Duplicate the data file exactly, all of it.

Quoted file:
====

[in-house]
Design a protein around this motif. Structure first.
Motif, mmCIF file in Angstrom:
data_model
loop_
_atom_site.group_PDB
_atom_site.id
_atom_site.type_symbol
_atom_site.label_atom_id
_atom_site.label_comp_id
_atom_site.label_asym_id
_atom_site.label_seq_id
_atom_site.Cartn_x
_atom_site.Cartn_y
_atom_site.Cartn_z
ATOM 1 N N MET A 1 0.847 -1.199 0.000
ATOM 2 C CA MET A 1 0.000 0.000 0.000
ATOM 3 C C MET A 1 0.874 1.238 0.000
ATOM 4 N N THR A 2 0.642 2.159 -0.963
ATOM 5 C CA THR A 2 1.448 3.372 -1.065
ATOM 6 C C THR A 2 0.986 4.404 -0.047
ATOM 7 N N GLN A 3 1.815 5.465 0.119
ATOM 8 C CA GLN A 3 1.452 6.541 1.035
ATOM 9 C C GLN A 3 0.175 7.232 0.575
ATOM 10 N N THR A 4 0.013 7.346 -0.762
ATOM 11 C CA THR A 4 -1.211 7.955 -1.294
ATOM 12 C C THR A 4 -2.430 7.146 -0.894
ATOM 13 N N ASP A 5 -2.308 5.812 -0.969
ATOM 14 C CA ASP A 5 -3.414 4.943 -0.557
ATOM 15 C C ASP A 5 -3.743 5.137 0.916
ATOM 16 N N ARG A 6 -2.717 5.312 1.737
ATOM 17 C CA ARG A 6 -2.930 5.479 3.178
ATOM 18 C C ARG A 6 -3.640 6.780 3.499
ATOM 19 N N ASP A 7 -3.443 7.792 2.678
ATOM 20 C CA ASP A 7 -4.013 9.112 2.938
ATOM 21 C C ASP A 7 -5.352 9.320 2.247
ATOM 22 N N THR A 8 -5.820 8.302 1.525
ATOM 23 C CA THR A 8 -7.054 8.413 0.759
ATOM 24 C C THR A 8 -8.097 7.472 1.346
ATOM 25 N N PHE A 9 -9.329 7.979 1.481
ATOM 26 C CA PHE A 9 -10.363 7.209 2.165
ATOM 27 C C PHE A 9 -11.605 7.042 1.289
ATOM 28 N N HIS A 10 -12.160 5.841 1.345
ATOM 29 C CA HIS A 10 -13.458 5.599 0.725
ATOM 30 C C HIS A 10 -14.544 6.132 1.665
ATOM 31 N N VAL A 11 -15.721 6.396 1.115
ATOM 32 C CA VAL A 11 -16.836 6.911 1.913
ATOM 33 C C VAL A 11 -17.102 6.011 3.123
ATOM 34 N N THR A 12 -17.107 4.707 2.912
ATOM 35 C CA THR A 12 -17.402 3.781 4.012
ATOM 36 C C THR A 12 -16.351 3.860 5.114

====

[in-house]
Design a protein around this motif. Structure first.
Motif, mmCIF file in Angstrom:
data_model
loop_
_atom_site.group_PDB
_atom_site.id
_atom_site.type_symbol
_atom_site.label_atom_id
_atom_site.label_comp_id
_atom_site.label_asym_id
_atom_site.label_seq_id
_atom_site.Cartn_x
_atom_site.Cartn_y
_atom_site.Cartn_z
ATOM 1 N N MET A 1 0.847 -1.199 0.000
ATOM 2 C CA MET A 1 0.000 0.000 0.000
ATOM 3 C C MET A 1 0.874 1.238 0.000
ATOM 4 N N THR A 2 0.642 2.159 -0.963
ATOM 5 C CA THR A 2 1.448 3.372 -1.065
ATOM 6 C C THR A 2 0.986 4.404 -0.047
ATOM 7 N N GLN A 3 1.815 5.465 0.119
ATOM 8 C CA GLN A 3 1.452 6.541 1.035
ATOM 9 C C GLN A 3 0.175 7.232 0.575
ATOM 10 N N THR A 4 0.013 7.346 -0.762
ATOM 11 C CA THR A 4 -1.211 7.955 -1.294
ATOM 12 C C THR A 4 -2.430 7.146 -0.894
ATOM 13 N N ASP A 5 -2.308 5.812 -0.969
ATOM 14 C CA ASP A 5 -3.414 4.943 -0.557
ATOM 15 C C ASP A 5 -3.743 5.137 0.916
ATOM 16 N N ARG A 6 -2.717 5.312 1.737
ATOM 17 C CA ARG A 6 -2.930 5.479 3.178
ATOM 18 C C ARG A 6 -3.640 6.780 3.499
ATOM 19 N N ASP A 7 -3.443 7.792 2.678
ATOM 20 C CA ASP A 7 -4.013 9.112 2.938
ATOM 21 C C ASP A 7 -5.352 9.320 2.247
ATOM 22 N N THR A 8 -5.820 8.302 1.525
ATOM 23 C CA THR A 8 -7.054 8.413 0.759
ATOM 24 C C THR A 8 -8.097 7.472 1.346
ATOM 25 N N PHE A 9 -9.329 7.979 1.481
ATOM 26 C CA PHE A 9 -10.363 7.209 2.165
ATOM 27 C C PHE A 9 -11.605 7.042 1.289
ATOM 28 N N HIS A 10 -12.160 5.841 1.345
ATOM 29 C CA HIS A 10 -13.458 5.599 0.725
ATOM 30 C C HIS A 10 -14.544 6.132 1.665
ATOM 31 N N VAL A 11 -15.721 6.396 1.115
ATOM 32 C CA VAL A 11 -16.836 6.911 1.913
ATOM 33 C C VAL A 11 -17.102 6.011 3.123
ATOM 34 N N THR A 12 -17.107 4.707 2.912
ATOM 35 C CA THR A 12 -17.402 3.781 4.012
ATOM 36 C C THR A 12 -16.351 3.860 5.114